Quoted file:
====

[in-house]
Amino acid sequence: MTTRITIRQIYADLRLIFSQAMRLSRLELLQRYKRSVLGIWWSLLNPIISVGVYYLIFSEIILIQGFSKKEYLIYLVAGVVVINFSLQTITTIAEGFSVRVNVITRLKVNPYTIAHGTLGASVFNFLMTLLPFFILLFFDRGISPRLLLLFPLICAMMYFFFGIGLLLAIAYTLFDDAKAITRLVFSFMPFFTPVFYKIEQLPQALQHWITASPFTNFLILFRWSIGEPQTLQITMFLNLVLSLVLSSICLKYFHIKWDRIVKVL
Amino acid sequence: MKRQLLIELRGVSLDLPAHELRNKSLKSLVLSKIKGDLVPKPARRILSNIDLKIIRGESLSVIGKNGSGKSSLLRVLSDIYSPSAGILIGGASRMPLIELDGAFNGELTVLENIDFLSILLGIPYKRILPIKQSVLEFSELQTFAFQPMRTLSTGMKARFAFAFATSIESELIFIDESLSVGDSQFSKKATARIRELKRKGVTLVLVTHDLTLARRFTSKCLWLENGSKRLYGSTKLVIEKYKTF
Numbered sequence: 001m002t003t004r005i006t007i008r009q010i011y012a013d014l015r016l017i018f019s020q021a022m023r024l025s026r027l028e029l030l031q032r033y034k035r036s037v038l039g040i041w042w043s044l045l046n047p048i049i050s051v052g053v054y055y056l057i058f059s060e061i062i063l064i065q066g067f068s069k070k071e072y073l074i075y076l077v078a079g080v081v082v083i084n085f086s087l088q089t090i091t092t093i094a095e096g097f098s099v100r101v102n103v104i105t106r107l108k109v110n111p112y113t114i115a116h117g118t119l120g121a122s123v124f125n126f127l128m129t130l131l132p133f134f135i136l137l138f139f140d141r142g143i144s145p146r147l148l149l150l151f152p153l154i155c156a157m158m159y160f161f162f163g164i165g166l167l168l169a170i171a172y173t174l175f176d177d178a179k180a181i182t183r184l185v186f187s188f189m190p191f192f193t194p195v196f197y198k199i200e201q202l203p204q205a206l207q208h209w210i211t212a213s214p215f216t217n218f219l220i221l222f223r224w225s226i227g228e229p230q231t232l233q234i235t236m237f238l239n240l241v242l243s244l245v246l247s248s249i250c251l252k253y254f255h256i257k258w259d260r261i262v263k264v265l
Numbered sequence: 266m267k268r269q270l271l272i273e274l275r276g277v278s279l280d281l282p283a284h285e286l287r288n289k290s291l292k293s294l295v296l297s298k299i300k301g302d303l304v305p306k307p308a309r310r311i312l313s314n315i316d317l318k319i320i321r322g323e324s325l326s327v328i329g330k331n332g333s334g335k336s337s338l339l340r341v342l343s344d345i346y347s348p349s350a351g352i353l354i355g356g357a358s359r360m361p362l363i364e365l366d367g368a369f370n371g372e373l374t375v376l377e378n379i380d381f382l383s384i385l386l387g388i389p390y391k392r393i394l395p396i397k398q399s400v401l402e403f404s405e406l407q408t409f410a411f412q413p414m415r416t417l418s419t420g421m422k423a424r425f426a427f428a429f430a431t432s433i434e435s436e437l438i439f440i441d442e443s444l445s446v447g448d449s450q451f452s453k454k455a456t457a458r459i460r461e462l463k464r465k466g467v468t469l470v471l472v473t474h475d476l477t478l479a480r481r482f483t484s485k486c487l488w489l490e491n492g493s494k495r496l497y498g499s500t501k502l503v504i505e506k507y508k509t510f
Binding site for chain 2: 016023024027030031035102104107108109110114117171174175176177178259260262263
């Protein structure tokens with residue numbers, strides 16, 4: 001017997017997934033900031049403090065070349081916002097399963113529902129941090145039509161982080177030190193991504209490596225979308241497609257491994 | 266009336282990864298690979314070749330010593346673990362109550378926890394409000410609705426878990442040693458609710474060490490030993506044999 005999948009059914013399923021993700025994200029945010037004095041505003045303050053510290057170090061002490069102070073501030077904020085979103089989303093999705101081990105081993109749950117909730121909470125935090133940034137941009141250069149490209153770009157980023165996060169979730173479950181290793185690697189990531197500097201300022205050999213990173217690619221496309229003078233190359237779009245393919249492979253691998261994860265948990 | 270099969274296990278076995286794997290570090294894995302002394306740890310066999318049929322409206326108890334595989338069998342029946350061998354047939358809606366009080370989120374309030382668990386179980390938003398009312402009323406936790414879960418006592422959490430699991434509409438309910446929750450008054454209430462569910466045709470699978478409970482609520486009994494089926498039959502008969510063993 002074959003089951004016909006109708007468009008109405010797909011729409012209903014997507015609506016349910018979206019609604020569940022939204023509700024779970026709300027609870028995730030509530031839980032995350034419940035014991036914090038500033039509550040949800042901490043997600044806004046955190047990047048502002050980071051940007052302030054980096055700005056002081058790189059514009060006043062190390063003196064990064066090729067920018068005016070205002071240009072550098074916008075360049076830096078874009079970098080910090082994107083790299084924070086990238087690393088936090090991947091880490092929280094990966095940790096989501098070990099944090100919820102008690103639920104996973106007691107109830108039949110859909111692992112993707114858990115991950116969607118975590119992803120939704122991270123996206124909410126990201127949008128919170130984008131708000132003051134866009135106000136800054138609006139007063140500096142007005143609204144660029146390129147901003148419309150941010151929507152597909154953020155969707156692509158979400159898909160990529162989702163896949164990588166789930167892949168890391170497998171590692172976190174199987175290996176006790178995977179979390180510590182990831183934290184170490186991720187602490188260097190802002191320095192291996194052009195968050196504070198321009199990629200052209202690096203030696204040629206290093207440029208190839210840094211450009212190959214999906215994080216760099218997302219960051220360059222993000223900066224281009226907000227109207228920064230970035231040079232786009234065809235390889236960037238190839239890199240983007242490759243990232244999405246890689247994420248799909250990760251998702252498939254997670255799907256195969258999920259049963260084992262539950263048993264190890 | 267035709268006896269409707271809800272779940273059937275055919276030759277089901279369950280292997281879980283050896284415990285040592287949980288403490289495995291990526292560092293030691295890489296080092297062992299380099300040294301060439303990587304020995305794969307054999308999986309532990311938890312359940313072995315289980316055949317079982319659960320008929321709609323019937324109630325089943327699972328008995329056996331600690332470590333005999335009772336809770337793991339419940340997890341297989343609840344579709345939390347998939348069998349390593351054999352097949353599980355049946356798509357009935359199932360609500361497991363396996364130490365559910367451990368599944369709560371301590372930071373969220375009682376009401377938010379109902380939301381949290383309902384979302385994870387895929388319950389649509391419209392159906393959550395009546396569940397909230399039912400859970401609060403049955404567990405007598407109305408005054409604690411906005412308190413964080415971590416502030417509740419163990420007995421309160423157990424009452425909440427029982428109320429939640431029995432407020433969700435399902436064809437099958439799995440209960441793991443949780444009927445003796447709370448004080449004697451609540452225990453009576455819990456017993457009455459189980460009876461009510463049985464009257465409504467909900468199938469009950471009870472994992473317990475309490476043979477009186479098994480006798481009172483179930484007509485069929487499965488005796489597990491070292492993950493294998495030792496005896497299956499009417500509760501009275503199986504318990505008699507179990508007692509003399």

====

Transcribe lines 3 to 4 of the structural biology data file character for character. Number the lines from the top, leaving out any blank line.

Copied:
Amino acid sequence: MKRQLLIELRGVSLDLPAHELRNKSLKSLVLSKIKGDLVPKPARRILSNIDLKIIRGESLSVIGKNGSGKSSLLRVLSDIYSPSAGILIGGASRMPLIELDGAFNGELTVLENIDFLSILLGIPYKRILPIKQSVLEFSELQTFAFQPMRTLSTGMKARFAFAFATSIESELIFIDESLSVGDSQFSKKATARIRELKRKGVTLVLVTHDLTLARRFTSKCLWLENGSKRLYGSTKLVIEKYKTF
Numbered sequence: 001m002t003t004r005i006t007i008r009q010i011y012a013d014l015r016l017i018f019s020q021a022m023r024l025s026r027l028e029l030l031q032r033y034k035r036s037v038l039g040i041w042w043s044l045l046n047p048i049i050s051v052g053v054y055y056l057i058f059s060e061i062i063l064i065q066g067f068s069k070k071e072y073l074i075y076l077v078a079g080v081v082v083i084n085f086s087l088q089t090i091t092t093i094a095e096g097f098s099v100r101v102n103v104i105t106r107l108k109v110n111p112y113t114i115a116h117g118t119l120g121a122s123v124f125n126f127l128m129t130l131l132p133f134f135i136l137l138f139f140d141r142g143i144s145p146r147l148l149l150l151f152p153l154i155c156a157m158m159y160f161f162f163g164i165g166l167l168l169a170i171a172y173t174l175f176d177d178a179k180a181i182t183r184l185v186f187s188f189m190p191f192f193t194p195v196f197y198k199i200e201q202l203p204q205a206l207q208h209w210i211t212a213s214p215f216t217n218f219l220i221l222f223r224w225s226i227g228e229p230q231t232l233q234i235t236m237f238l239n240l241v242l243s244l245v246l247s248s249i250c251l252k253y254f255h256i257k258w259d260r261i262v263k264v265l